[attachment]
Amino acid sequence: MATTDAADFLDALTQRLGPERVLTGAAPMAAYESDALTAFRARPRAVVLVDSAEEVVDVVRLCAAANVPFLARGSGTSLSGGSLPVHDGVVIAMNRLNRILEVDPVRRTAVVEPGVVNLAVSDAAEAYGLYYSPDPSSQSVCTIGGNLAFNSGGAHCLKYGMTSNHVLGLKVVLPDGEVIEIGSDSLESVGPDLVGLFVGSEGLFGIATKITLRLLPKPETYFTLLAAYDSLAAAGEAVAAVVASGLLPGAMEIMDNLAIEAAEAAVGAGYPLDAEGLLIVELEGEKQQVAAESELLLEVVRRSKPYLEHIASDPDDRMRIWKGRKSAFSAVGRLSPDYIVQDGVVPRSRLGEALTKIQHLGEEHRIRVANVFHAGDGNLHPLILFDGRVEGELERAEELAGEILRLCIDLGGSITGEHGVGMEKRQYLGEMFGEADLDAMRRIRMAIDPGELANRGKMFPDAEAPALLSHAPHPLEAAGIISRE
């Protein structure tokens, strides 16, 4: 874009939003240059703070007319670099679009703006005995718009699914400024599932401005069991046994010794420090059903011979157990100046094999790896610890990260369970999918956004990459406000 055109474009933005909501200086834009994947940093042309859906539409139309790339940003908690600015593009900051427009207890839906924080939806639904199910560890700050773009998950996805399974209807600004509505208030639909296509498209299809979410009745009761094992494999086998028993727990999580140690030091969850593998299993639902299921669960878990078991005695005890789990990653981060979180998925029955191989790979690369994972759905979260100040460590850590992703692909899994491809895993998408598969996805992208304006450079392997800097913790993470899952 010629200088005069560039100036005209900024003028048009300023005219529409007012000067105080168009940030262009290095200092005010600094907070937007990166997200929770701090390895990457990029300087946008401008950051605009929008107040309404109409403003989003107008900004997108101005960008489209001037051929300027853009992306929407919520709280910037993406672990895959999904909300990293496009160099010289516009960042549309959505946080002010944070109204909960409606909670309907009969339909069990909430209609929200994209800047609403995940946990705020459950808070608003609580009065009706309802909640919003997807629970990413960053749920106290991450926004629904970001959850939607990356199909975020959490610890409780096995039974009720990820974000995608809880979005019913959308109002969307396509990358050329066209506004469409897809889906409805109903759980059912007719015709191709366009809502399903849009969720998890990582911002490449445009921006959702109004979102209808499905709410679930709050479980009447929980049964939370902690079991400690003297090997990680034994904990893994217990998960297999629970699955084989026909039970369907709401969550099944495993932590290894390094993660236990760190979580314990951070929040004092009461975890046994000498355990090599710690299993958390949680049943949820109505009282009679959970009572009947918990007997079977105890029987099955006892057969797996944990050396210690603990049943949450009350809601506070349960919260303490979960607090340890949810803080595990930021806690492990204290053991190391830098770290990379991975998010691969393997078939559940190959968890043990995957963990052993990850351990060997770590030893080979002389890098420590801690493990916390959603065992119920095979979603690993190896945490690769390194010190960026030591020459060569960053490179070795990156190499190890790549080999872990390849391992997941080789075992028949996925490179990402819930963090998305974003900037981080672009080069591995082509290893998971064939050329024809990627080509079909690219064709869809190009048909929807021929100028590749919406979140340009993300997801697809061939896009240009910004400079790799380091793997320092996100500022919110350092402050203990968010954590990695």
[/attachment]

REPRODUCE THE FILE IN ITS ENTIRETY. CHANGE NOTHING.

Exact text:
Amino acid sequence: MATTDAADFLDALTQRLGPERVLTGAAPMAAYESDALTAFRARPRAVVLVDSAEEVVDVVRLCAAANVPFLARGSGTSLSGGSLPVHDGVVIAMNRLNRILEVDPVRRTAVVEPGVVNLAVSDAAEAYGLYYSPDPSSQSVCTIGGNLAFNSGGAHCLKYGMTSNHVLGLKVVLPDGEVIEIGSDSLESVGPDLVGLFVGSEGLFGIATKITLRLLPKPETYFTLLAAYDSLAAAGEAVAAVVASGLLPGAMEIMDNLAIEAAEAAVGAGYPLDAEGLLIVELEGEKQQVAAESELLLEVVRRSKPYLEHIASDPDDRMRIWKGRKSAFSAVGRLSPDYIVQDGVVPRSRLGEALTKIQHLGEEHRIRVANVFHAGDGNLHPLILFDGRVEGELERAEELAGEILRLCIDLGGSITGEHGVGMEKRQYLGEMFGEADLDAMRRIRMAIDPGELANRGKMFPDAEAPALLSHAPHPLEAAGIISRE
């Protein structure tokens, strides 16, 4: 874009939003240059703070007319670099679009703006005995718009699914400024599932401005069991046994010794420090059903011979157990100046094999790896610890990260369970999918956004990459406000 055109474009933005909501200086834009994947940093042309859906539409139309790339940003908690600015593009900051427009207890839906924080939806639904199910560890700050773009998950996805399974209807600004509505208030639909296509498209299809979410009745009761094992494999086998028993727990999580140690030091969850593998299993639902299921669960878990078991005695005890789990990653981060979180998925029955191989790979690369994972759905979260100040460590850590992703692909899994491809895993998408598969996805992208304006450079392997800097913790993470899952 010629200088005069560039100036005209900024003028048009300023005219529409007012000067105080168009940030262009290095200092005010600094907070937007990166997200929770701090390895990457990029300087946008401008950051605009929008107040309404109409403003989003107008900004997108101005960008489209001037051929300027853009992306929407919520709280910037993406672990895959999904909300990293496009160099010289516009960042549309959505946080002010944070109204909960409606909670309907009969339909069990909430209609929200994209800047609403995940946990705020459950808070608003609580009065009706309802909640919003997807629970990413960053749920106290991450926004629904970001959850939607990356199909975020959490610890409780096995039974009720990820974000995608809880979005019913959308109002969307396509990358050329066209506004469409897809889906409805109903759980059912007719015709191709366009809502399903849009969720998890990582911002490449445009921006959702109004979102209808499905709410679930709050479980009447929980049964939370902690079991400690003297090997990680034994904990893994217990998960297999629970699955084989026909039970369907709401969550099944495993932590290894390094993660236990760190979580314990951070929040004092009461975890046994000498355990090599710690299993958390949680049943949820109505009282009679959970009572009947918990007997079977105890029987099955006892057969797996944990050396210690603990049943949450009350809601506070349960919260303490979960607090340890949810803080595990930021806690492990204290053991190391830098770290990379991975998010691969393997078939559940190959968890043990995957963990052993990850351990060997770590030893080979002389890098420590801690493990916390959603065992119920095979979603690993190896945490690769390194010190960026030591020459060569960053490179070795990156190499190890790549080999872990390849391992997941080789075992028949996925490179990402819930963090998305974003900037981080672009080069591995082509290893998971064939050329024809990627080509079909690219064709869809190009048909929807021929100028590749919406979140340009993300997801697809061939896009240009910004400079790799380091793997320092996100500022919110350092402050203990968010954590990695």